Author: Frank Melling Posted: 25 Jan 2016
Since I first began writing, I have seen a fair number of motorcycle, and car, factories at first hand but none as unusual – or as fascinating - as the MV Agusta facility, nestling against Lake Varese in Schiranna, northern Italy.
Bizarrely, in some respects it almost has the feel of one of the old, artisan bike builders I used to know as a young man. If I closed my eyes, I half expected to see the immortal Eric Cheney (motocross racer tuner chassis designer in ithe 60's and 70's) wander round a corner wearing welding goggles and carrying a piece of tubing for his latest frame. The atmosphere at MV is of people who know what they are doing and care passionately about their work – craftsmen aspiring to MV’s strapline of “Motorcycle Art”.
The obverse side of the coin is that the facility is extremely modern and immaculate in a way that Eric’s workshop, covered in weld spatter and lathe turnings, never was.
It’s an utterly fascinating set of contradictions and it may well be that MV have found a very special niche in the motorcycling market – yes, the mass production of motorcycle art.
The first thing to remember is that Schiranna is not so much a manufacturing facility as an assembly plant. Parts arrive wholly, or largely, finished from specialist suppliers. This is the way of the world for small manufacturers. MV produce only 8,500 units each year, and aspire to make no more than 10,000 bikes, so it is much more cost effective to sub-contract the manufacturing rather than do it in house.
This method of making bikes is reflected in the composition of the MV Agusta work force. Of a total 260 employees, 90 are employed in design and development whilst the remaining 170 make the bikes and run the company. This huge weighting in terms of R&D reflects that MV is driven by design and technology – not blokes taking castings out of molds or painting frames. MV provides the design, and CAD/CAM programmes - and a specialist factory pours the metal.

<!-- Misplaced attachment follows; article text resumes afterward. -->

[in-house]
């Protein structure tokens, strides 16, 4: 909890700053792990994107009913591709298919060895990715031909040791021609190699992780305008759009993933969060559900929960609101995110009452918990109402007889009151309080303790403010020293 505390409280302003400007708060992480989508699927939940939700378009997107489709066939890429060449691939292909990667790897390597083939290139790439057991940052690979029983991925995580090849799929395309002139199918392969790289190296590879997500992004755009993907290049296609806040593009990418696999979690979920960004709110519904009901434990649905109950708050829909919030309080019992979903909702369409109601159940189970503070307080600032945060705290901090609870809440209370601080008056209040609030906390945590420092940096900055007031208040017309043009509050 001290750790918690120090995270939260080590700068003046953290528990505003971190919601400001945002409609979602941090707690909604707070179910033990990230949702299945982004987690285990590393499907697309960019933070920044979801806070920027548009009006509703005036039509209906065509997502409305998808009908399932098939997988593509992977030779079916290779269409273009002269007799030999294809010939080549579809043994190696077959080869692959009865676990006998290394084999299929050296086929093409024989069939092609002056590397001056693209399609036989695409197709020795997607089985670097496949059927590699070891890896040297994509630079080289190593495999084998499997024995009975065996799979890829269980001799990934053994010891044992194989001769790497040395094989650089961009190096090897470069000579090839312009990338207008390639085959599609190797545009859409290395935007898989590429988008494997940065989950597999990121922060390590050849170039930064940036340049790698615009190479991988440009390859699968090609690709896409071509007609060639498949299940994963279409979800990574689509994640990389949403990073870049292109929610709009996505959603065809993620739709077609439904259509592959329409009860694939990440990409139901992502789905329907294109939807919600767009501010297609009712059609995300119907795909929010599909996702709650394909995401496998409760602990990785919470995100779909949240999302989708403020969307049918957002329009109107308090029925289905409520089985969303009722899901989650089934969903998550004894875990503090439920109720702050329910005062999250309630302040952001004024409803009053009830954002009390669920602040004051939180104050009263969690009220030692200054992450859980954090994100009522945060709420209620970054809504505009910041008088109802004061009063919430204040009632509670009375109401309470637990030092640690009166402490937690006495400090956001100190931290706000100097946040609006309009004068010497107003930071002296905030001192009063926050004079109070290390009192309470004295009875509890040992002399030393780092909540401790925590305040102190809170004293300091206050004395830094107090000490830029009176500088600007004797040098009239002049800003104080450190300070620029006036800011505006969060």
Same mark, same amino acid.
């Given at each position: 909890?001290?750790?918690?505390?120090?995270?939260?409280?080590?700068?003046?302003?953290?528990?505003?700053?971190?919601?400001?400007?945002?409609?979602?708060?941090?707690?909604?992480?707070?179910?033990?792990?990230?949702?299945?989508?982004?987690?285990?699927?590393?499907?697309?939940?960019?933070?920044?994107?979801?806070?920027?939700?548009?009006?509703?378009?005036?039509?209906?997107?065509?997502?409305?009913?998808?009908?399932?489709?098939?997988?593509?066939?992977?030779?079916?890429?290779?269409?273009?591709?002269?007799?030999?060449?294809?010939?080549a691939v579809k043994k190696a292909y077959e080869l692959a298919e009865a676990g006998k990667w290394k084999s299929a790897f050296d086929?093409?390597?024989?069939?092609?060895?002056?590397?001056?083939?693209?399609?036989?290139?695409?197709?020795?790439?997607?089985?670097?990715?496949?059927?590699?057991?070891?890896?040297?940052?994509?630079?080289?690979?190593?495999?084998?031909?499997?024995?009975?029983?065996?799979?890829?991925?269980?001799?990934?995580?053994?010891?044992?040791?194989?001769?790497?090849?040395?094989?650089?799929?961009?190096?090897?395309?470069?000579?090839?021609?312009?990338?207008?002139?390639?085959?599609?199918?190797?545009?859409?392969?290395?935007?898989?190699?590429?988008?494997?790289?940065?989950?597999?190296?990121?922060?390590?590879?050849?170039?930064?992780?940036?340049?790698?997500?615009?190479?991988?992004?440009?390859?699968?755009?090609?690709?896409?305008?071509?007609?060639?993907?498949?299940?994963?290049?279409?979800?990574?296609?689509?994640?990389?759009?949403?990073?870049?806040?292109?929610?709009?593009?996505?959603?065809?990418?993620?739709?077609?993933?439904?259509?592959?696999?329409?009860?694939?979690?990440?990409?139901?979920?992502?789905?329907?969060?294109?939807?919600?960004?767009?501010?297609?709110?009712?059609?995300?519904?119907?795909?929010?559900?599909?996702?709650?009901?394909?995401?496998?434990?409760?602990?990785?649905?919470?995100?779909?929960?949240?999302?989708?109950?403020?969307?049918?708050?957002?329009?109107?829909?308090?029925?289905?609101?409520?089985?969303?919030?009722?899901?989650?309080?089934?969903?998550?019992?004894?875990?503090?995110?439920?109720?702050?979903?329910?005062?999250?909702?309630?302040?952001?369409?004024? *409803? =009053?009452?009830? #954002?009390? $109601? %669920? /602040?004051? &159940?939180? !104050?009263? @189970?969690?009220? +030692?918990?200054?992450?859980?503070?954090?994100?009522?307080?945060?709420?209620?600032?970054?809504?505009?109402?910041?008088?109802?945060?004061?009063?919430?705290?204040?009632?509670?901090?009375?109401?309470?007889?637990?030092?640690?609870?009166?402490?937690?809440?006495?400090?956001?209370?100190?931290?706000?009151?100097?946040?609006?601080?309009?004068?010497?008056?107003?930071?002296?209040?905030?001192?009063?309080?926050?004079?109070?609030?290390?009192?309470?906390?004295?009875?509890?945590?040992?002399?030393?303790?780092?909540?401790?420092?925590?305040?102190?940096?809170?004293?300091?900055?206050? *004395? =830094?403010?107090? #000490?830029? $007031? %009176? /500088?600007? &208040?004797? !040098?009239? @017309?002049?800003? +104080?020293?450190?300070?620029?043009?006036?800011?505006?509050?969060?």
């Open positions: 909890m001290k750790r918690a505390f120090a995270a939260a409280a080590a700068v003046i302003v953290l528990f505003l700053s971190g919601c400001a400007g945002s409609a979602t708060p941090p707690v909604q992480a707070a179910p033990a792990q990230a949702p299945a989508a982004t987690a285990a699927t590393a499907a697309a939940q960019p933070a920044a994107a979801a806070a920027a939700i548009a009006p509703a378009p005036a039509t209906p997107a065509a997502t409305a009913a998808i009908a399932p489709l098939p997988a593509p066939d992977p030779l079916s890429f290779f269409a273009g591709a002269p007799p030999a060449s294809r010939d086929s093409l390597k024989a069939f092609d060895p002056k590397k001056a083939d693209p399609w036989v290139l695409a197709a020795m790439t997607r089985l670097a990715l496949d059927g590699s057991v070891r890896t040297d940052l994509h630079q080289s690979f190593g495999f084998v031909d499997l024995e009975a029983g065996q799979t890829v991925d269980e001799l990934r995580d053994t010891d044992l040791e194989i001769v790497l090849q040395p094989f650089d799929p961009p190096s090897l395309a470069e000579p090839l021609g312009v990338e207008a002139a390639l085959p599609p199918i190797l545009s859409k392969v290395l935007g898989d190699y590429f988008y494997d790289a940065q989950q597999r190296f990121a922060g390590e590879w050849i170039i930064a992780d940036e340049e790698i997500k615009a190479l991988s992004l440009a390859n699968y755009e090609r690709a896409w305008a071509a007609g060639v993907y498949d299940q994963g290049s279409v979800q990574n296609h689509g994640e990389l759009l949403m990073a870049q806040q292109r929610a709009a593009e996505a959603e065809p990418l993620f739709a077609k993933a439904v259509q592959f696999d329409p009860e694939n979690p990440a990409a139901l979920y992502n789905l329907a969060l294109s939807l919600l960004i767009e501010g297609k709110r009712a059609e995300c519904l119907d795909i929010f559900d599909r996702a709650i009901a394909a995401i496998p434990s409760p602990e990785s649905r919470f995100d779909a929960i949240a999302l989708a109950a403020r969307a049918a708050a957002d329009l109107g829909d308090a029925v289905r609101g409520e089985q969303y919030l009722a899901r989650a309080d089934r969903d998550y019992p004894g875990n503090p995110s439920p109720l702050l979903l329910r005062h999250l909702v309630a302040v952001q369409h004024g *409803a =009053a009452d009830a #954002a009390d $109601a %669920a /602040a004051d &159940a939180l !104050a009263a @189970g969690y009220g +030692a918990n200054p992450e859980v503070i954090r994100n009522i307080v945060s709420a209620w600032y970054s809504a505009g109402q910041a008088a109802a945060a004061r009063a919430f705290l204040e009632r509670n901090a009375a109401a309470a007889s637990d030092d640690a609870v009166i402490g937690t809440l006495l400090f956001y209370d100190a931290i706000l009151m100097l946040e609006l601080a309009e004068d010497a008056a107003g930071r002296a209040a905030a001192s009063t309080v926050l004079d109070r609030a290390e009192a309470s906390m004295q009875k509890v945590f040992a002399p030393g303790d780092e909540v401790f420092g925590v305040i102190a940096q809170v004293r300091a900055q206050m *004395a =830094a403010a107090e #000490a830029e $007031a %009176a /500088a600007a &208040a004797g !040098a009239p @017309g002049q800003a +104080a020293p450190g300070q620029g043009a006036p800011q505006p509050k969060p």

Making motorcycles in this way allows tremendous flexibility in production which explains why MV can make such a wide range of different bikes spread over a very small total production.
The factory is also tiny. Not only is sub-contracting MV’s chosen method of motorcycle production, in reality it is the only way they can make machines. There is simply not enough space at Schiranna to do anything else.
Why is this important to MV’s future? The bottom line is that all motorcycles sold today function effectively. I choose the phrase “function effectively” deliberately. Gone are the days when clutches failed, engines burst into flames or some machines struggled getting round corners.
From the cheapest Chinese made 125 all the way up to an MV Agusta F4 RC World Superbike replica, all the bikes will stop, start and not kill the rider. It’s the bit in the middle, between a Wonjan 125 and an F4 RC, which is important. This heavily nuanced and subtle area is why we ride – why we want to ride. In it lies not only mechanical efficiency but the way the light catches the tip of the fairing, the angle of handlebars and the cadence of the exhaust note. It is these ephemeral elements which can either make or break a brand like MV for truly they are art, not efficiency.